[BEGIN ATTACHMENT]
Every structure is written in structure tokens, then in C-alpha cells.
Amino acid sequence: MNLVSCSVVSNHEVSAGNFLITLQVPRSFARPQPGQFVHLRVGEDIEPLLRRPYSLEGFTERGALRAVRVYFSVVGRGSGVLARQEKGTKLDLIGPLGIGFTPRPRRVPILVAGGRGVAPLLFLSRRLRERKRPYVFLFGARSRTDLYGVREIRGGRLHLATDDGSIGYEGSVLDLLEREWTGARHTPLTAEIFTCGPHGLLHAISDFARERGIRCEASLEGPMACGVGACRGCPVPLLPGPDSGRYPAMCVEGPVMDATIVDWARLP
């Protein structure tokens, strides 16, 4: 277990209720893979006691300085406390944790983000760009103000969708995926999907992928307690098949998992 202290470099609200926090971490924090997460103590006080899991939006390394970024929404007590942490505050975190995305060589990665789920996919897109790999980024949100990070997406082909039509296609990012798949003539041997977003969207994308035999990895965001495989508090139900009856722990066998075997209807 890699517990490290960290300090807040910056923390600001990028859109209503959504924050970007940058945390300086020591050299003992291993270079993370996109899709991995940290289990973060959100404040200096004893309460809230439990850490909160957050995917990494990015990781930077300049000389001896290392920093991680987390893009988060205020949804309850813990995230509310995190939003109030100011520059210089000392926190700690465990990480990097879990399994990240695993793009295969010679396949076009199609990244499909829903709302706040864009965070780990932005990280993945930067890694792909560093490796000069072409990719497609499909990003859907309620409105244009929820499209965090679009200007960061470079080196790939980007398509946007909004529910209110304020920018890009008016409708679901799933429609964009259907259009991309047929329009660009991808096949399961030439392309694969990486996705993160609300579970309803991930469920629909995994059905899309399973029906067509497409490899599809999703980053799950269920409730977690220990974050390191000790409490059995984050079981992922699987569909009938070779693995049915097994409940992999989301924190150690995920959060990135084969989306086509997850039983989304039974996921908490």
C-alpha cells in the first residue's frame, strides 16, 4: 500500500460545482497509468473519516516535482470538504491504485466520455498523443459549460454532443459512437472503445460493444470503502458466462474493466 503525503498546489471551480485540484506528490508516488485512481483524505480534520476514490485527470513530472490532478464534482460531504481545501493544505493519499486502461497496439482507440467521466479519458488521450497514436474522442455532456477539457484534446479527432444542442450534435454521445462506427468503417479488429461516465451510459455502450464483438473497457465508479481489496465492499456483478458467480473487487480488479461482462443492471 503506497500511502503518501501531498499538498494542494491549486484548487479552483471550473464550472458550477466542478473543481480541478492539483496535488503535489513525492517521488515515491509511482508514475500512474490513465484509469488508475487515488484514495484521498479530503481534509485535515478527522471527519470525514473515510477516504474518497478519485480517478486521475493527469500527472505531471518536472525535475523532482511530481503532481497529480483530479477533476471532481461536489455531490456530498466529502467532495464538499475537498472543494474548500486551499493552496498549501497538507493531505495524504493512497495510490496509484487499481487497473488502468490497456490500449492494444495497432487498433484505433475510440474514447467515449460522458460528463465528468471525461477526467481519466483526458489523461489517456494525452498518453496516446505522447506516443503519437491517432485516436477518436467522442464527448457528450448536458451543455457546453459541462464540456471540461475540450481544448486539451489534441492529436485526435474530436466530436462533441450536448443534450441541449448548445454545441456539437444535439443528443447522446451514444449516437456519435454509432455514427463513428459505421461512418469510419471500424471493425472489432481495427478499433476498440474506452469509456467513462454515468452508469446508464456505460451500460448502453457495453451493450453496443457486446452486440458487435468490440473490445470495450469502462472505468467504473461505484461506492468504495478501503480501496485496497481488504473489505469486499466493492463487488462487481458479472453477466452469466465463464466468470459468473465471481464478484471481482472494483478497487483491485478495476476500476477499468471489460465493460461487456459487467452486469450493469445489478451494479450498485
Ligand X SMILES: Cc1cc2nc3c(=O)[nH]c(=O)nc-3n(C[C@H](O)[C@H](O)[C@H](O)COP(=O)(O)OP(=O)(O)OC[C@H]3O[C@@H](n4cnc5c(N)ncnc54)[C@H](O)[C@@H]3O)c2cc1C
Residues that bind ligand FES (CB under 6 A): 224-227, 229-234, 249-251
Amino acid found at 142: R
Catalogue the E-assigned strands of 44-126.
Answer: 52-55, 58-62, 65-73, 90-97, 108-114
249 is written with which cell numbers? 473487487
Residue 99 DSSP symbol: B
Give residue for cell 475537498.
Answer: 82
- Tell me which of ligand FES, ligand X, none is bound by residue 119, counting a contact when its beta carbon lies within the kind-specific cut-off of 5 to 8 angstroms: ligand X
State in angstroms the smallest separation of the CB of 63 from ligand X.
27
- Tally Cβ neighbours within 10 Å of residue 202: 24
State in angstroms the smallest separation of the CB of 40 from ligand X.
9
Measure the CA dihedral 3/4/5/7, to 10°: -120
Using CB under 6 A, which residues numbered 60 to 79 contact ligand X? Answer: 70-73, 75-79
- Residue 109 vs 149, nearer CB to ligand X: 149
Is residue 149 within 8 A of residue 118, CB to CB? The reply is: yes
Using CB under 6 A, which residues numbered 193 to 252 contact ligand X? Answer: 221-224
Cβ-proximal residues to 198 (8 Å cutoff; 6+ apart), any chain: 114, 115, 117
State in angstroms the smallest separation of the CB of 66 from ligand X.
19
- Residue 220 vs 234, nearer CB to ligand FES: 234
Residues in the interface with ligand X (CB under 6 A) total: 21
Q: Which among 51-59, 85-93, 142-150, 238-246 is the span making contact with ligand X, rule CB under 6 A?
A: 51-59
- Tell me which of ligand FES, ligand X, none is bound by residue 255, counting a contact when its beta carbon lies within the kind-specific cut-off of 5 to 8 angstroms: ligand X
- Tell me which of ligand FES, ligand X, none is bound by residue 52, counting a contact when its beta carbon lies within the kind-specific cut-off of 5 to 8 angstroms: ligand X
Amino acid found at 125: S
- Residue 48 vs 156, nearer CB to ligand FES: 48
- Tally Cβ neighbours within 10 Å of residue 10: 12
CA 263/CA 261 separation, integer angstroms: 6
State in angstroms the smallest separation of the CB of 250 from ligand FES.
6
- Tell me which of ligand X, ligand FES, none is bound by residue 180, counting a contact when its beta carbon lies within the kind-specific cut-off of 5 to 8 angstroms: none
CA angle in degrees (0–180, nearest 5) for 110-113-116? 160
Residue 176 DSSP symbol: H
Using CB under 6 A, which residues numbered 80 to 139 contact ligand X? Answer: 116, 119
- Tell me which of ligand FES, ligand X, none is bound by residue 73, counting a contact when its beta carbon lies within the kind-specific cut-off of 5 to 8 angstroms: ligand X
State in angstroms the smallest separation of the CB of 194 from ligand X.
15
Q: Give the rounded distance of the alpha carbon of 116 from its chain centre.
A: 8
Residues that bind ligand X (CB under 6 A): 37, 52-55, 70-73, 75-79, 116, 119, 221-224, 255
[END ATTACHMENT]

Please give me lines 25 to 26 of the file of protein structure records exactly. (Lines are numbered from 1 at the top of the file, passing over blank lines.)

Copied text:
Cβ-proximal residues to 198 (8 Å cutoff; 6+ apart), any chain: 114, 115, 117
State in angstroms the smallest separation of the CB of 66 from ligand X.